Bonaire Dive & Adventure, Kaya Gobernador N. Debrot 77A (tel. 599/717-2229; www.bonairediveandadventure.com), in addition to offering dive packages, also arranges other activities such as cycling and kayaking.

Wanna Dive (tel. 599/717-8884; www.wannadive.com) has five locations, but its biggest place is at Eden Beach Resort where you can dive right off the beach or hop on a boat and head out to the spectacular double reef at Klein Bonaire.

Thanks to shallow-water coral reefs, snorkelers can enjoy Bonaire's awesome marine environment, too. The island's Guided Snorkeling Program includes a slide-show introduction to reef fishes, corals, and sponges; an in-water demonstration of snorkeling skills; and a guided tour of one of several sites. The cost is $40 per person. Equipment rental is about $10 more. Families may want to enroll with Sea and Discover (tel. 599/717-5322; www.seandiscover.com) for a marine education experience. A real marine biologist will teach you reef ecology, fish behavior, and critter identification both in a classroom and in the water for $45. The Reef Explorers program for kids offers a half-day hands-on discovery experience for $30 per child, including transportation.

You can arrange a guided snorkeling tour through any of the dive shops listed above or through Buddy Dive Resort, Kaya Gobernador N. Debrot 85 (tel. 599/717-5080; www.buddydive.com); or Dive Inn, Kaya C.E.B. Hellmund 27 (tel. 599/717-8761). The more adventurous can purchase a map that marks all the dive sites off Bonaire, most of which are excellent for snorkeling (as well as diving) and can be reached by wading into the water.

If you are an experienced diver and have training doing reef cleanups, you can participate in a cleanup dive through Bonaire Marine Park (tel. 599/717-8444; www.bmp.org). You must send an e-mail to marinepark@stinapa.org to make special arrangements. Additionally, every few months, Dive Friends Bonaire (tel. 599/717-2929; www.dive-friends-bonaire.com), together with NetTech N.V., organizes cleanup dives. If the timing is wrong and you still want to "do your part" for the reef, check out the Reef Environmental Education Foundation (REEF; www.reef.org), a volunteer monitoring program where divers can log in and add their fish sightings to a global database used by scientists to monitor populations.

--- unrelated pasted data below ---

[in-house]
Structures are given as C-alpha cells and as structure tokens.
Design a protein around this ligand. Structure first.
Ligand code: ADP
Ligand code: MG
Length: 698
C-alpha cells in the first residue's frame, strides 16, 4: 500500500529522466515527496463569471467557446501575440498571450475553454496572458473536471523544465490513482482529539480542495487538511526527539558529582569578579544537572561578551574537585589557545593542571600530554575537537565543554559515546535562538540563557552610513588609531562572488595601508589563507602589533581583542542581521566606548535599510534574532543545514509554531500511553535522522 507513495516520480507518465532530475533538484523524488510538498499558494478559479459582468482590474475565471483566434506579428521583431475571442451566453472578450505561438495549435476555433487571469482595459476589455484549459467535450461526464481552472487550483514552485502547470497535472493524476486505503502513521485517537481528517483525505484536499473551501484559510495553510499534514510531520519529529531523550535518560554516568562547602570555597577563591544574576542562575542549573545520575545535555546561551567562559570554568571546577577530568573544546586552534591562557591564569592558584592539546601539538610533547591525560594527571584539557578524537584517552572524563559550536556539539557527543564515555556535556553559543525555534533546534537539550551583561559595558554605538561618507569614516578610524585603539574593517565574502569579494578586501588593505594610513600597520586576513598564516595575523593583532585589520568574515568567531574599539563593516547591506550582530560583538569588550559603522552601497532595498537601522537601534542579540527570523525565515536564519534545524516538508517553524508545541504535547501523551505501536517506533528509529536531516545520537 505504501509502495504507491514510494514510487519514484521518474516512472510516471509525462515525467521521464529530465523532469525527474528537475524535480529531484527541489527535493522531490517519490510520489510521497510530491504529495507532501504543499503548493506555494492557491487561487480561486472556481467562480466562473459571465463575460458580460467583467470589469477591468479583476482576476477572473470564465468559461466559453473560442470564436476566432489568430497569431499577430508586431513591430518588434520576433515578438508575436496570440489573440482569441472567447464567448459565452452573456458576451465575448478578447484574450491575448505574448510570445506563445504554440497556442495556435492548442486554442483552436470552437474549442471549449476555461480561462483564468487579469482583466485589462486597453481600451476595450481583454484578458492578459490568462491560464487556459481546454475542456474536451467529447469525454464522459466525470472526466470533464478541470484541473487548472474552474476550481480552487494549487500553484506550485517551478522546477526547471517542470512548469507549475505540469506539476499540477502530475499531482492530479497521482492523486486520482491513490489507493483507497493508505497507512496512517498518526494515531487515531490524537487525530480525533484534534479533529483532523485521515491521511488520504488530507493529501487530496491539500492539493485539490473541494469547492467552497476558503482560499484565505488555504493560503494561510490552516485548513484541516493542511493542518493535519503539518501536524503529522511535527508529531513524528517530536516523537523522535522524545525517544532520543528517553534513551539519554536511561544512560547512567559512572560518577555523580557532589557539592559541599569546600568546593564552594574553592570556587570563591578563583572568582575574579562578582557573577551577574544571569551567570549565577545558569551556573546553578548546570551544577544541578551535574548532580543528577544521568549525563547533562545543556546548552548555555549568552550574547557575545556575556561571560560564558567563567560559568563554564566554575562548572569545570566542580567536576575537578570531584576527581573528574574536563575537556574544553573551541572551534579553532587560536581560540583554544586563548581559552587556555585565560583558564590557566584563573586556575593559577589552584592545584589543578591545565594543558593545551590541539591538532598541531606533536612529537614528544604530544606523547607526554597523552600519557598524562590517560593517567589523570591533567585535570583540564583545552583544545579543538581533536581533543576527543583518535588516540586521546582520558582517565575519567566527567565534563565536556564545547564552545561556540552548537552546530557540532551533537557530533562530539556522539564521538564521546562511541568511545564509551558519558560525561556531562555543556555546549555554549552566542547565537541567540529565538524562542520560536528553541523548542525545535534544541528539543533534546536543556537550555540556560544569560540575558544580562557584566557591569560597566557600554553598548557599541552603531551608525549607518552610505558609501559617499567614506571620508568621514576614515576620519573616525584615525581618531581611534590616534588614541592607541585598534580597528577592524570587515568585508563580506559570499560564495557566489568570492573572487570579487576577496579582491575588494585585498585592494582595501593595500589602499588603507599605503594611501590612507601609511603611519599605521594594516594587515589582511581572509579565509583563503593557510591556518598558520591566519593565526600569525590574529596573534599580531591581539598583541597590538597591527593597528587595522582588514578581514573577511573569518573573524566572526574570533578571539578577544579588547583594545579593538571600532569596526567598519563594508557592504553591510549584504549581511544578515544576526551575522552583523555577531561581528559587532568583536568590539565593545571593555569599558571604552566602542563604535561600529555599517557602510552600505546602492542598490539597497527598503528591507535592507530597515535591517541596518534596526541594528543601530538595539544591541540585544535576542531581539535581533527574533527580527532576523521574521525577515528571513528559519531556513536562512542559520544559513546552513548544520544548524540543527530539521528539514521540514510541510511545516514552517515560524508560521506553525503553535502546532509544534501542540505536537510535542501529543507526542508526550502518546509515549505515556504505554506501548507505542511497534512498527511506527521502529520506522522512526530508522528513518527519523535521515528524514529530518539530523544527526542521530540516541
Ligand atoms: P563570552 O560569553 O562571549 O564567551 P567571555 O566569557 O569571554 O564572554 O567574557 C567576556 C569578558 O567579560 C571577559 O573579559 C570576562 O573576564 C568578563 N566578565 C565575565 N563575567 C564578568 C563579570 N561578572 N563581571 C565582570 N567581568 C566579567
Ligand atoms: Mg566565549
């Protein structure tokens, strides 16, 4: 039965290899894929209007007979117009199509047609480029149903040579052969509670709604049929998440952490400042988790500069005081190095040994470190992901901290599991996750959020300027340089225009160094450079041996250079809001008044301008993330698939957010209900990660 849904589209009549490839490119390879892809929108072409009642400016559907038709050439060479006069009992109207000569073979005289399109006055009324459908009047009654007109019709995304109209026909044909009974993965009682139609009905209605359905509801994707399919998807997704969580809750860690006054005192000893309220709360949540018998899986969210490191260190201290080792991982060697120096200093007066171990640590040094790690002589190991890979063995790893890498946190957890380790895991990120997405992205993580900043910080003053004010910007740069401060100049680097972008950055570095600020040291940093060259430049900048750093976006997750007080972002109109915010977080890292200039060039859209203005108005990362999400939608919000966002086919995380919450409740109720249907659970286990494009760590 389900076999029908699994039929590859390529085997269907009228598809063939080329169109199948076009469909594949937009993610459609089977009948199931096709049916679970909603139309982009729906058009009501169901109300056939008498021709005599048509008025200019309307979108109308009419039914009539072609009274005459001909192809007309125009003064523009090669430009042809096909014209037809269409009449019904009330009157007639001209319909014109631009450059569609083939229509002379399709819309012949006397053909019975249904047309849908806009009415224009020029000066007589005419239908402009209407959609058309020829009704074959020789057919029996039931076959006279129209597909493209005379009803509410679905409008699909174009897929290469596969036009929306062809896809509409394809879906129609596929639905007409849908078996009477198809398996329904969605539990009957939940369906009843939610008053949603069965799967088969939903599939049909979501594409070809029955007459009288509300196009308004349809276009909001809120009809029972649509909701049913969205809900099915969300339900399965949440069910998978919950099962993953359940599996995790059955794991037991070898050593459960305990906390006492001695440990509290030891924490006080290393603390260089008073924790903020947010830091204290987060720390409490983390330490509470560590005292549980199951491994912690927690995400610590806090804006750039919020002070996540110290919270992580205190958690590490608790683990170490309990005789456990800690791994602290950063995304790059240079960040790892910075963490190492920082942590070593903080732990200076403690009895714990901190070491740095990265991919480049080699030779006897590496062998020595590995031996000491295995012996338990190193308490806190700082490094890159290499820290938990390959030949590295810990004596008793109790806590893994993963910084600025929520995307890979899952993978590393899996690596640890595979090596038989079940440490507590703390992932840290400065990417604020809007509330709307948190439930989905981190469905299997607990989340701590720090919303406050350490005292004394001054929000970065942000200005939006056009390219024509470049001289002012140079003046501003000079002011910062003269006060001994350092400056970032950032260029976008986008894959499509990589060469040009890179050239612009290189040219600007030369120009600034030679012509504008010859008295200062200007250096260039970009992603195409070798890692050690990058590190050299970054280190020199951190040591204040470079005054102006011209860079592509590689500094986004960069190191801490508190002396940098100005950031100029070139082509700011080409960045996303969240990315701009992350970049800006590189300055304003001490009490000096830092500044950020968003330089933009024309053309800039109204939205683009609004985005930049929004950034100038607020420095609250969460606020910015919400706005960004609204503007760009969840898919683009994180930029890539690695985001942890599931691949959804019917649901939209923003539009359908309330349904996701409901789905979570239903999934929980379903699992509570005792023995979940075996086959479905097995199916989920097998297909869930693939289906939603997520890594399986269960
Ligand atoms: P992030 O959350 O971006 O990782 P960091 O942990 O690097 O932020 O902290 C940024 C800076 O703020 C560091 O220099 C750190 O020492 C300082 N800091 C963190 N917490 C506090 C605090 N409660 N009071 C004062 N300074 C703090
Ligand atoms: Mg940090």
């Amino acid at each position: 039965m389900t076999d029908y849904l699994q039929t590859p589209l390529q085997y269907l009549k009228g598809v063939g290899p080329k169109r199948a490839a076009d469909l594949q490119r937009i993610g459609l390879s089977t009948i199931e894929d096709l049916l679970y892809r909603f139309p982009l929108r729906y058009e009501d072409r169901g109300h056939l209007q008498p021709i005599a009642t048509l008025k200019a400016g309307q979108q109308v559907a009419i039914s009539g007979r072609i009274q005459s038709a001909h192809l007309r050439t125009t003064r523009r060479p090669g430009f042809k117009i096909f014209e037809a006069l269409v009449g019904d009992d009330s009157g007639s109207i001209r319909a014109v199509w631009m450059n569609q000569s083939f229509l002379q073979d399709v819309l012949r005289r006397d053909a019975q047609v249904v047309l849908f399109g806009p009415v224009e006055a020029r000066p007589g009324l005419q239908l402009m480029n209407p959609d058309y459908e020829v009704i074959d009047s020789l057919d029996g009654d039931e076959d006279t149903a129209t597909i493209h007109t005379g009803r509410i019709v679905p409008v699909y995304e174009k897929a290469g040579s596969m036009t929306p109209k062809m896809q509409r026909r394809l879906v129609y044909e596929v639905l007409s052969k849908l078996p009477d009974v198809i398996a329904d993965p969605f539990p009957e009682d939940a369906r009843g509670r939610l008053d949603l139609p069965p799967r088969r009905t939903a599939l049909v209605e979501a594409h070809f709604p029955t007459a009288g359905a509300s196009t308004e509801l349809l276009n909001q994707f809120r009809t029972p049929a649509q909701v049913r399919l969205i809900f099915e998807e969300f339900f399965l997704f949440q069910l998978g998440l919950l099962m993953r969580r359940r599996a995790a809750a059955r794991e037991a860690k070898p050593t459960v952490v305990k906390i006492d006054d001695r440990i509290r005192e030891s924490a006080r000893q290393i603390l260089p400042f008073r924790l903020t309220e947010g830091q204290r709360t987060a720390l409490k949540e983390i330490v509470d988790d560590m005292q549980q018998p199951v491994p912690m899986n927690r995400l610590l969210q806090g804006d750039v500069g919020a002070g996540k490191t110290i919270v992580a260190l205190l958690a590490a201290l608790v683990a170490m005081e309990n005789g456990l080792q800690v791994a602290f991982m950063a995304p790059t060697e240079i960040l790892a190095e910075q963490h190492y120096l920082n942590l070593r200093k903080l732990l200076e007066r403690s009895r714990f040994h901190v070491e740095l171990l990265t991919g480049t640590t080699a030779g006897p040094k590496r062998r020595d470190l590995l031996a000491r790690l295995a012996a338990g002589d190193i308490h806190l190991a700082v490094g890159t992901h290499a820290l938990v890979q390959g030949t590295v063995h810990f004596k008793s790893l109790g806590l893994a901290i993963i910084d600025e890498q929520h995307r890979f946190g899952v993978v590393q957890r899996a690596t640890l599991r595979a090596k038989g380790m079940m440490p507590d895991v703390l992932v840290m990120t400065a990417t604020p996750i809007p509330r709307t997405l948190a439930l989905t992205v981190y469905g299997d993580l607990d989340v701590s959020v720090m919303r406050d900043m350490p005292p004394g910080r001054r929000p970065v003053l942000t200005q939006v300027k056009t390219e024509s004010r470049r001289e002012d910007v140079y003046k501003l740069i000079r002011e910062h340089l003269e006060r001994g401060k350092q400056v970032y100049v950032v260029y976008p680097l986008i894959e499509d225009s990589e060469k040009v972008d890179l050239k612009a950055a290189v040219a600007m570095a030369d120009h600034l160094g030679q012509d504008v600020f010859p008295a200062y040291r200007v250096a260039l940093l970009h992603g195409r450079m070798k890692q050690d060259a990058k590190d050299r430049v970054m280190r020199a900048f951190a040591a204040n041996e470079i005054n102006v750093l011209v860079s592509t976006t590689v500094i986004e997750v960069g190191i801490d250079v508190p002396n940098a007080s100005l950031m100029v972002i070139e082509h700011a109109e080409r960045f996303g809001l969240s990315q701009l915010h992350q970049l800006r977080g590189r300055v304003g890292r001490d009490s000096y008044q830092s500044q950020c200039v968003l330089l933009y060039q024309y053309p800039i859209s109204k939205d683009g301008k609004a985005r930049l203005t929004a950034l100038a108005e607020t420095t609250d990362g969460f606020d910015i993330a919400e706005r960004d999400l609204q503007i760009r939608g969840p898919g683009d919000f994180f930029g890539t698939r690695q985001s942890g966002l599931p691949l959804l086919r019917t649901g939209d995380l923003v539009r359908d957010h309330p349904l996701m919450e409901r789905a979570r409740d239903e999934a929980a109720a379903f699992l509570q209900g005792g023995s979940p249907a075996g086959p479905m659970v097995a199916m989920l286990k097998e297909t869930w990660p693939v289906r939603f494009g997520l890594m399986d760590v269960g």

For a relaxing morning or afternoon sail and snorkel trip, board the Woodwind (tel. 599/786-7055; www.woodwindbonaire.com). For $45 (4 hr.) or $50 (5 hr.) per person, the trip includes snorkel gear, lunch, beer, and nonalcoholic beverages. Or try Pirate Cruises (tel. 599/780-9933) with Captain Mike, aboard a 56-foot private ship that offers half-day sail and snorkel trips as well as sunset or dinner cruises daily. If you are eager to see one of Bonaire's rarest inhabitants, Mike offers a turtle lover's snorkel trip aboard a 36-foot dive boat to some of the best sites for turtle encounters. All trips leave from Karel's Beach Bar Pier downtown on the waterfront, and reservations can be made there or at Zeezicht Restaurant across the street.

"The Hooker" -- The waters off the coast of Bonaire received an additional attraction in 1984. A 79-foot-long rust-bottomed general cargo ship was confiscated by the police, along with its contraband cargo, about 25,000 pounds of marijuana. Known as the Hilma Hooker (familiarly dubbed "the Hooker" by everyone on the island), it sank unclaimed (obviously) and without fanfare one calm day, in 27m (89 ft.) of water. Lying just off the southern shore near the capital, its wreck is now a popular dive site.

Note: This information was accurate when it was published, but can change without notice. Please be sure to confirm all rates and details directly with the companies in question before planning your trip.